Last year alone, prices of solar modules have dropped an impressive 30% in comparison to 2011, which is good news for consumers.
MEXICO CITY, 18 February 2013 — Mexico, with its huge flat desert surfaces scorched by an omnipresent sun, is only just beginning to scratch the surface of solar. According to research, Mexican suppliers often indicate that funding is hard to get by, as financial institutions have difficulties assessing the advantage of PV technology and possess little experience in risk evaluation. The solar market, however, will quickly gain ground as solar becomes more and more competitive in comparison to other energy sources. The continuously dropping cost of solar modules is a decisive factor in the process.
Last year alone, prices of solar modules have dropped an impressive 30% in comparison to 2011, which is good news for consumers, who will be more easily persuaded to change to solar. In Mexico, high-consumption domestic consumers pay a special high marginal rate (dubbed DAC), that rose a sharp 25% since 2003. Analysts expect the DAC-consumers to be the most attractive segment in the Mexican market in the near future.
Conversely, falling prices seem bad news for firms such Jinko Solar, one of the leading producers of modules in the world. Its Chief Marketing Officer Arturo Herrero, however, is far from pessimistic. ,,I've been in the PV solar business for twelve years, and during that time I've seen cycles in which demand was superior to production. In the last two years, however, there has been much more investment in the sector and demand dropped has dropped, causing a sort of price war¨, he explains. ,,But we have reached the end of that cycle and I anticipate a strong demand in 2013, through which we must expand to over 1.5GW.¨
Jinko Solar will be one of the companies presenting at Solarplaza's El Futuro Solar: México conference, held this month in Mexico City. Another speaker, Mexican firm SolarTec's general manager Miguel Medina, shares Herrero's optimism. ,,The drop of module prices hasn't been as strong in Mexico as in other parts of the world. Moreover, to consumers it is actually an advantage.¨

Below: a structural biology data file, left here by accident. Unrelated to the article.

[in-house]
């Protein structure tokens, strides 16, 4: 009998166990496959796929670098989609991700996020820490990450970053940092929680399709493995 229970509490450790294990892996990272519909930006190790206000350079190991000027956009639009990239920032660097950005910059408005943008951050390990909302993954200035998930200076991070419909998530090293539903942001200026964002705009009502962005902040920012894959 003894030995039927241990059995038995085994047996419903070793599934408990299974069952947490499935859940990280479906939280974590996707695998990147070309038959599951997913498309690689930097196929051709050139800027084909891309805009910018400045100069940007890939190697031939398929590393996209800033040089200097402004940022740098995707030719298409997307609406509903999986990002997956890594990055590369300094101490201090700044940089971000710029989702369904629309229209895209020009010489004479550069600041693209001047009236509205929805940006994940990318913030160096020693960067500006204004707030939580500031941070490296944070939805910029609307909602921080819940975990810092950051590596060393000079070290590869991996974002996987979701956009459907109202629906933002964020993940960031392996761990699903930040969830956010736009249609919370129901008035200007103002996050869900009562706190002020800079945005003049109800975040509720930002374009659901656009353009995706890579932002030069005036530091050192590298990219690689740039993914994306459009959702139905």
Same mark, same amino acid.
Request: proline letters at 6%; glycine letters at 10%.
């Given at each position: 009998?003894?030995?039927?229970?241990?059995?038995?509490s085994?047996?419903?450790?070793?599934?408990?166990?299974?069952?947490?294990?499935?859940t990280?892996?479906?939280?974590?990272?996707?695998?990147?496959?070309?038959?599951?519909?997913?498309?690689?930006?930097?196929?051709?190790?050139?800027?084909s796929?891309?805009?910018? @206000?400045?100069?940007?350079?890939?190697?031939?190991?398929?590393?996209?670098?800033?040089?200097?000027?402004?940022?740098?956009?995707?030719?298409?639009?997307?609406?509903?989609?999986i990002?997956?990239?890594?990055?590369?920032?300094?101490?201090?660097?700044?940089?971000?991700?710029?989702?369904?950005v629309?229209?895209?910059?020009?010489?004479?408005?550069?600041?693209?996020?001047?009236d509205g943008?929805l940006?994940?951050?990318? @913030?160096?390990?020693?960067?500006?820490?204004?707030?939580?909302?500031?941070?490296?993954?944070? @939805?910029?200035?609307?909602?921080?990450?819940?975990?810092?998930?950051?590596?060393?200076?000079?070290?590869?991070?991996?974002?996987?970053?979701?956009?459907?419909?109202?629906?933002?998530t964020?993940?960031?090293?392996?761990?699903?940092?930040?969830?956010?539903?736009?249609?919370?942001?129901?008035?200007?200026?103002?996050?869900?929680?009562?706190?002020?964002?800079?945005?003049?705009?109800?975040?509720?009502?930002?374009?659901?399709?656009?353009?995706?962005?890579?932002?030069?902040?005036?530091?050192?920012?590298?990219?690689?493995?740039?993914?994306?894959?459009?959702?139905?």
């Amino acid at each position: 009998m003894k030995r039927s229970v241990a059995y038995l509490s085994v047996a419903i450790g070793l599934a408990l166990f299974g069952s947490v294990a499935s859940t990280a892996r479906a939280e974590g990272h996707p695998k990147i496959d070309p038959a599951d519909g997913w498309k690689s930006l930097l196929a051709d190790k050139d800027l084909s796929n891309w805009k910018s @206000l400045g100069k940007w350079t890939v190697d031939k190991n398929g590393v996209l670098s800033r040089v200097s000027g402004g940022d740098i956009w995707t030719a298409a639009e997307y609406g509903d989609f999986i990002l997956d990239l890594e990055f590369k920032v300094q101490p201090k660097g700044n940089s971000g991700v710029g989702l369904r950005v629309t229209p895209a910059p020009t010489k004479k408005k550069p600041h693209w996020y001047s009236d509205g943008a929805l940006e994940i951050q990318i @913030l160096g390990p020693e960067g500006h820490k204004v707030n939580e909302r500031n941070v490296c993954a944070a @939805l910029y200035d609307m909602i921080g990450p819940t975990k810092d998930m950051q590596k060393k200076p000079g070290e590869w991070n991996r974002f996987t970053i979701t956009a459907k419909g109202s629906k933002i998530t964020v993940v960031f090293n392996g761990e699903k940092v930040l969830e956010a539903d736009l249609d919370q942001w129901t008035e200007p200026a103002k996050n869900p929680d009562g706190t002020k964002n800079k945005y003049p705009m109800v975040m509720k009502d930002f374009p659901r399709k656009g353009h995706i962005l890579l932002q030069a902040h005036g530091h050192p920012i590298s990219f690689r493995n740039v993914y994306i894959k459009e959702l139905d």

Both men also indicate a healthy economic climate as an important reason why PV producers will find Mexico an attractive market to invest in. Medina cites the near complete lack of subsidies in the solar market: ,,It's one of the reasons why the Mexican solar industry hasn't grown as much as in other countries, but on the other hand, it's normal growth, without distortion.¨ Herrero adds that ,,demand is rapidly growing and the conditions for investment are very favorable¨
They emphasize the importance of México: El Futuro Solar. ,,I think it's a very important event to disseminate information about our brand and explain about our products and services¨, Herrero says. Miguel Medina believes the conference will be very useful to create more knowledge. ,,One of the main problems in Mexico is that we don't know how much the industry will grow. It is therefore very important for people in the business to come together, in order to get to know everyone's point of view.¨
El Futuro Solar: Mexico will be held in Mexico City on February 28. Other speakers will be Robert Pfatischer (CEO of Meteocontrol) and Álvaro Lentz-Herrera (president of ANES, the Mexican national solar energy association )
Solarplaza.com is the independent global platform for knowledge, trade and events for the photovoltaicsolar energy (PV) industry. Solarplaza is based in Rotterdam, The Netherlands, and has already organized over 40 conferences and trade missions, including in Brazil, Chile, United States, Taiwan, India, China, Italy, Germany, South Africa and Spain.